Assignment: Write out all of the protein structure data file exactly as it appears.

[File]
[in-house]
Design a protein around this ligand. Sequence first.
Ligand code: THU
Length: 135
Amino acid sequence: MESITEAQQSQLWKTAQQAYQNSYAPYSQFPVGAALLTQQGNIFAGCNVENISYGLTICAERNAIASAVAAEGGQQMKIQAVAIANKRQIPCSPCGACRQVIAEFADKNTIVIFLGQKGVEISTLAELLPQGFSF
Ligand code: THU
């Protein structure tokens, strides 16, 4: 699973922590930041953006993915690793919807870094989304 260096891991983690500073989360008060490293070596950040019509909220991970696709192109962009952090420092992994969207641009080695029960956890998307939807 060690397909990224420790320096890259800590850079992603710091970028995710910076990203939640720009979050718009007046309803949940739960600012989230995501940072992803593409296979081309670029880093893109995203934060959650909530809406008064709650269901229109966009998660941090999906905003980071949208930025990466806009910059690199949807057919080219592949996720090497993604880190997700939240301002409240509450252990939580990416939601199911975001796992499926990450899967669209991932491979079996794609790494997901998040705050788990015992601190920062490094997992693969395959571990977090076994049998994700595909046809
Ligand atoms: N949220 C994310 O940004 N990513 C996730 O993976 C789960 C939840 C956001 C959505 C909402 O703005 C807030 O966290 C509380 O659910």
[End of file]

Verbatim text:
[in-house]
Design a protein around this ligand. Sequence first.
Ligand code: THU
Length: 135
Amino acid sequence: MESITEAQQSQLWKTAQQAYQNSYAPYSQFPVGAALLTQQGNIFAGCNVENISYGLTICAERNAIASAVAAEGGQQMKIQAVAIANKRQIPCSPCGACRQVIAEFADKNTIVIFLGQKGVEISTLAELLPQGFSF
Ligand code: THU
């Protein structure tokens, strides 16, 4: 699973922590930041953006993915690793919807870094989304 260096891991983690500073989360008060490293070596950040019509909220991970696709192109962009952090420092992994969207641009080695029960956890998307939807 060690397909990224420790320096890259800590850079992603710091970028995710910076990203939640720009979050718009007046309803949940739960600012989230995501940072992803593409296979081309670029880093893109995203934060959650909530809406008064709650269901229109966009998660941090999906905003980071949208930025990466806009910059690199949807057919080219592949996720090497993604880190997700939240301002409240509450252990939580990416939601199911975001796992499926990450899967669209991932491979079996794609790494997901998040705050788990015992601190920062490094997992693969395959571990977090076994049998994700595909046809
Ligand atoms: N949220 C994310 O940004 N990513 C996730 O993976 C789960 C939840 C956001 C959505 C909402 O703005 C807030 O966290 C509380 O659910």